Good news for poetry lovers in the D.C. area: A new program of conversations with leading poets will start soon in Washington. The Hill Center Poetry Series, in collaboration with the Library of Congress Poetry and Literature Center, will begin next month in the beautifully restored Old Naval Hospital.
As the host of this new quarterly series, I’ll be interviewing notable American writers about their verse and what influences and inspires them. The first conversation will be with Elizabeth Alexander on Wednesday, April 10. Alexander is a professor at Yale University who has published six books of poetry, including the Pulitzer Prize finalist “American Sublime” (2005). She grew up in the Washington area and attended the Sidwell Friends School. In 2009, she came to national prominence when she delivered her poem “Praise Song for the Day” at President Obama’s first inauguration.
Editorial direction for this new series comes from the indefatigable Robert Casper, who was appointed director of the Poetry and Literature Center at the Library of Congress in 2011. Prior to his position at the library, Casper was the programs director for the Poetry Society of America. In 2000, he founded jubilat, a literary journal focused on contemporary American poetry.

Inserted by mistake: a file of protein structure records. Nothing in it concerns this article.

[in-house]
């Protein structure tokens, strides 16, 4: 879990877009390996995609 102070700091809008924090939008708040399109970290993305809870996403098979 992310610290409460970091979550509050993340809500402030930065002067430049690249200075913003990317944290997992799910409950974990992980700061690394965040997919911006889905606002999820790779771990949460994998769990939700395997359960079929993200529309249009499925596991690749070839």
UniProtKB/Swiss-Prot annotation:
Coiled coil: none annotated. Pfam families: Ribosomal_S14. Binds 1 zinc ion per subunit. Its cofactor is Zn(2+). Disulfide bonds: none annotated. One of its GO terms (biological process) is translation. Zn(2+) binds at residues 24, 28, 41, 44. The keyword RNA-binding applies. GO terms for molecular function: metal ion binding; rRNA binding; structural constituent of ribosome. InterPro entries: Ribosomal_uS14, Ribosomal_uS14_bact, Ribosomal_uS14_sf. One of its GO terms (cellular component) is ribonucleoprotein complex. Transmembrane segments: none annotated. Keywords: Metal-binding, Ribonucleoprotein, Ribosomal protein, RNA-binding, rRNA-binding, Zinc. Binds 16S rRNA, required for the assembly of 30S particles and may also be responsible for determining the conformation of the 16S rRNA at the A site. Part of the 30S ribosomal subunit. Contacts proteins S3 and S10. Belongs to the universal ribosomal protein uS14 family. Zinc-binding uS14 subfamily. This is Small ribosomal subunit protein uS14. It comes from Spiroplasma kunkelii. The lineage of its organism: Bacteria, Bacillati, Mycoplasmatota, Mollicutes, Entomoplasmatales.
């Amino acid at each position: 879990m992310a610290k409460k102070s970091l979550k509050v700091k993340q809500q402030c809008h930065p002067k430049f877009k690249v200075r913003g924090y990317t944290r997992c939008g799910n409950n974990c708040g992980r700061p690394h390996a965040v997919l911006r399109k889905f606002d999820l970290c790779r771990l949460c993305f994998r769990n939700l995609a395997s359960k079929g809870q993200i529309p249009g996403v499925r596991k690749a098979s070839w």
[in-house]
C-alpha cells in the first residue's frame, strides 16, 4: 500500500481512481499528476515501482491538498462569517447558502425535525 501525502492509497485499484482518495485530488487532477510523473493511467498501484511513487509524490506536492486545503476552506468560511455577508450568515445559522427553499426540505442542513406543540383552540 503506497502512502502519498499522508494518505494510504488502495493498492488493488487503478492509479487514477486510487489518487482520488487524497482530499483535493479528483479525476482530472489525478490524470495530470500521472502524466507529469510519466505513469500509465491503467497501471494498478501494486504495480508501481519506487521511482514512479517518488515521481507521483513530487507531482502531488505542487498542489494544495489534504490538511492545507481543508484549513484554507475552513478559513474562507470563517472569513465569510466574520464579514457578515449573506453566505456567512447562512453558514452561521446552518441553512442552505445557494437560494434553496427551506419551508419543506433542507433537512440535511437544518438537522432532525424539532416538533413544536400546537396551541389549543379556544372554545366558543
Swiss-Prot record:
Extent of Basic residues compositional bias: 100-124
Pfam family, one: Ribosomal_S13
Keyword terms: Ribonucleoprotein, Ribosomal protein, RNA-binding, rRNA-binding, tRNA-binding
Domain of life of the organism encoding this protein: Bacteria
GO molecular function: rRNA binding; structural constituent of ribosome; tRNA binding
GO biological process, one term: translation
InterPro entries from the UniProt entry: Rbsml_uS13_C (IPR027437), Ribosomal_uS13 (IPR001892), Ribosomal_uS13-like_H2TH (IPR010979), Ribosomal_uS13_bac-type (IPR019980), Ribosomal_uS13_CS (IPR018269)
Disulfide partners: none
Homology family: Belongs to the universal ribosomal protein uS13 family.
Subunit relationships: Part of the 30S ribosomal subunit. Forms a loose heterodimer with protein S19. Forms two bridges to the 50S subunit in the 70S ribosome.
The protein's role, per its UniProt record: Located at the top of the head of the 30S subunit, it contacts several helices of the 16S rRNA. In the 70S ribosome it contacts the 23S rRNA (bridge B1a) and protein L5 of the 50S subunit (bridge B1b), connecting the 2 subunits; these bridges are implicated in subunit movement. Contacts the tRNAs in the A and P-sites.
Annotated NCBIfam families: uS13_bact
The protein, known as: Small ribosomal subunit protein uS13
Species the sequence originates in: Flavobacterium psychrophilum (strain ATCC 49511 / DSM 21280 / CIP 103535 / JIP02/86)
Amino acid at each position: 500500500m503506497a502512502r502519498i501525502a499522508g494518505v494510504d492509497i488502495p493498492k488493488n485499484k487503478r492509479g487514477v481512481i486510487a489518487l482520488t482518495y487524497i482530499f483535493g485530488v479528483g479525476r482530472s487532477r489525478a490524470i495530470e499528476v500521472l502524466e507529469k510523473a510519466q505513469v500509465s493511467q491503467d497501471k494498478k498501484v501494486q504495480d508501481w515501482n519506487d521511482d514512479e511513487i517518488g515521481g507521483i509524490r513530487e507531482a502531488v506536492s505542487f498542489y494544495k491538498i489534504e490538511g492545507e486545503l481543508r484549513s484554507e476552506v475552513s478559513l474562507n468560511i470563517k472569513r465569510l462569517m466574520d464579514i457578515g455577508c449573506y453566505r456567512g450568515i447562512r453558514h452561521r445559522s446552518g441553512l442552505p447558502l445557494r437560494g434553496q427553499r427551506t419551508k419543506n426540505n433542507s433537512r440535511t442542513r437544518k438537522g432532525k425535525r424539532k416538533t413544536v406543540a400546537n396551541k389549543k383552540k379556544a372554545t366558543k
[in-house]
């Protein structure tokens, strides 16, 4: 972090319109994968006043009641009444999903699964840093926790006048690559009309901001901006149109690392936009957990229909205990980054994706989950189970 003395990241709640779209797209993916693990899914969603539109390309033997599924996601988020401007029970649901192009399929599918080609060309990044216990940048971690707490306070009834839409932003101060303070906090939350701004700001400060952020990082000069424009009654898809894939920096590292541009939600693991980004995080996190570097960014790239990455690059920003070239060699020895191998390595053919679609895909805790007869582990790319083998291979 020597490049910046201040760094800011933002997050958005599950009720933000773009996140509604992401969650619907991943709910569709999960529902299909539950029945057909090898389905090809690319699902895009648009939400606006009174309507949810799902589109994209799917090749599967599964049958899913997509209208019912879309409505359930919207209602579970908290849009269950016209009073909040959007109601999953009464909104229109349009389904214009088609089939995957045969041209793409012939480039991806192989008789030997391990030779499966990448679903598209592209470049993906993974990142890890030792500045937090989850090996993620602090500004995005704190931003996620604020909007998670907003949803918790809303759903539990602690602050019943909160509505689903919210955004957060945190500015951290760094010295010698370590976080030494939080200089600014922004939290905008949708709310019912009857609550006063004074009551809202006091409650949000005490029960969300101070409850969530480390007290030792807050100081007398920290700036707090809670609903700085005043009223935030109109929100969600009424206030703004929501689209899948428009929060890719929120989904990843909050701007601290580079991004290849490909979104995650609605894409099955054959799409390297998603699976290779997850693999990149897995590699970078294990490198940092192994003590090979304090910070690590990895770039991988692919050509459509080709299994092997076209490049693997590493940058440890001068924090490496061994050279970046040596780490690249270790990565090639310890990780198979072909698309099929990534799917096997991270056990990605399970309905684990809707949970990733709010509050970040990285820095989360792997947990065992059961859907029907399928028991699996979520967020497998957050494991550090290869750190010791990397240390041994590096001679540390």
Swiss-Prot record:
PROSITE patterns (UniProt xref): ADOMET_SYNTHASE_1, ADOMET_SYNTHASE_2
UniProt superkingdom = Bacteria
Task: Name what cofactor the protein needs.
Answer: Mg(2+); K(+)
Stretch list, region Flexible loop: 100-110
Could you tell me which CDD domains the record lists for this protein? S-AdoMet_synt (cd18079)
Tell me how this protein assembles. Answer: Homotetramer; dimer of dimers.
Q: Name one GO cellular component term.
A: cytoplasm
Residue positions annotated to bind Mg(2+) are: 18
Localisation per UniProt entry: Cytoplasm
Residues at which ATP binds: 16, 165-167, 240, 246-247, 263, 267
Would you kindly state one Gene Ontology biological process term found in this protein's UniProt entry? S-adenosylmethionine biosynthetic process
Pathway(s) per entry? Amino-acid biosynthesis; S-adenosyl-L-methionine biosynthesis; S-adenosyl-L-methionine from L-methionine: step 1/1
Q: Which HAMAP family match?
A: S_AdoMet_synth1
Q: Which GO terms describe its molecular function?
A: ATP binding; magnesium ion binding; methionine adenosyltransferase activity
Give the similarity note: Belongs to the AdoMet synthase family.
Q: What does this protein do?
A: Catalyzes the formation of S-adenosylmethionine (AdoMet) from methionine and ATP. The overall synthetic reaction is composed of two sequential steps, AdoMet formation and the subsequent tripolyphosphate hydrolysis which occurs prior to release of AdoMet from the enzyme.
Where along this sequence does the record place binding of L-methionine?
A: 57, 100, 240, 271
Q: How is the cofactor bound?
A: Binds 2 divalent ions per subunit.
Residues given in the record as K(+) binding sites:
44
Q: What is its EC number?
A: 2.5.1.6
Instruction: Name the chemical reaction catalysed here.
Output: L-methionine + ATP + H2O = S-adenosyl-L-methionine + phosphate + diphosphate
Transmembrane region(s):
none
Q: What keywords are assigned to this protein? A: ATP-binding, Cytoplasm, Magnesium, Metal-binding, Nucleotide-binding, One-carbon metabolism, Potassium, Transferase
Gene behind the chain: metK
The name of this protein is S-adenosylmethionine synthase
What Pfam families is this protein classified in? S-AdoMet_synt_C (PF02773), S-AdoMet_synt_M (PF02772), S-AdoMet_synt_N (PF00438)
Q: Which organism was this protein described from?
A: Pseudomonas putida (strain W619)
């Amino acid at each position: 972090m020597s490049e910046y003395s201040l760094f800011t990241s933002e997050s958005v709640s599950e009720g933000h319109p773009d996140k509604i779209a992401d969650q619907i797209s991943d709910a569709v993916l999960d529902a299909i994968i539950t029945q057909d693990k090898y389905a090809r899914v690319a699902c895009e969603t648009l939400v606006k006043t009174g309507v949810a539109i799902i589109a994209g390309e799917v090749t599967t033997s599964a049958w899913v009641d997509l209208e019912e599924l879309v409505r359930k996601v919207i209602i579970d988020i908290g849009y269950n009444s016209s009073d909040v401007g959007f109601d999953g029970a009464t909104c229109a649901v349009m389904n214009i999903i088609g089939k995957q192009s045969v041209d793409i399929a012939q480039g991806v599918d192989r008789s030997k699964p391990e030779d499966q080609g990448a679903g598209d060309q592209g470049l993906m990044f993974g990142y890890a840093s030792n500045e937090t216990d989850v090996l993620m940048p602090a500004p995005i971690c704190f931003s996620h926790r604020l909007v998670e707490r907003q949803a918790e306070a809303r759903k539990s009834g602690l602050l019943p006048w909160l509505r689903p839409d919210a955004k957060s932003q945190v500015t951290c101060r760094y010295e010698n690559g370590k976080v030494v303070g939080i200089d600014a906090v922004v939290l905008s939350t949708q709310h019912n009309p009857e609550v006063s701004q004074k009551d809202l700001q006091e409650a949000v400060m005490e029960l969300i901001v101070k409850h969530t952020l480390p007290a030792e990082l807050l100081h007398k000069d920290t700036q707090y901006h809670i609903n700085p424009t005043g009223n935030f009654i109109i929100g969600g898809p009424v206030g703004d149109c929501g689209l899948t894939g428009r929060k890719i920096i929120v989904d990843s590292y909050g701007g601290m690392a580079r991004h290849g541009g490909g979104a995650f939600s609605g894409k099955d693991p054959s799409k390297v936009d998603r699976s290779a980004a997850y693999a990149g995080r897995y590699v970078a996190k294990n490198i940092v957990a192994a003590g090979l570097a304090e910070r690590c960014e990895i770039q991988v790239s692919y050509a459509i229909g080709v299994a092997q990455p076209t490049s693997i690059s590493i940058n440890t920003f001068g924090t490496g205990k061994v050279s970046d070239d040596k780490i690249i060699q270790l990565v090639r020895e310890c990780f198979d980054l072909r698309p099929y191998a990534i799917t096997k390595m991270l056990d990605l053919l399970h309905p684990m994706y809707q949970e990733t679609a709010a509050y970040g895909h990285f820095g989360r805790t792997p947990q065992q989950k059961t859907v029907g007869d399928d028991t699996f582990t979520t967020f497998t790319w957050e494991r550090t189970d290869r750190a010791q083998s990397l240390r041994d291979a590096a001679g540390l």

The organizational force behind this series has been Mary Ann Brownlow, the programming consultant for Hill Center. I met her several years ago when she was working for Borders. Back in Sept. 2012, she called Casper and me together, and the three of us starting brain-storming.
For me, hosting the Hill Center Poetry Series is like a revival of The Washington Post’s beloved ‘Poet’s Choice’ column, which I had the honor of editing for several years. (My former boss, Marie Arana, who now works for the Library of Congress, suggested me for this new gig.) As a co-sponsor of the series, The Post will supply advertising and promotional material.
We’ve already got the second conversation of the Hill Center Poetry series lined up, too: It’ll be on Oct. 1 with Nick Flynn, the author of three collections of poetry and the memoir “Another Bulls*** Night in Suck City.”
The setting couldn’t be more impressive. The Naval Hospital, commissioned in 1864 by Abraham Lincoln, has been superbly reconditioned as a cultural arts center surrounded by lovely gardens and a stunning wrought-iron fence. (You can follow Hill Center on Twitter @HillCenterDC.)
These presentations are free, but you’ll need tickets. For reservations go to HillCenterDC.org or call 202-549-4172. Hill Center is located at 921 Pennsylvania Ave. SE., just two blocks from Eastern Market Metro.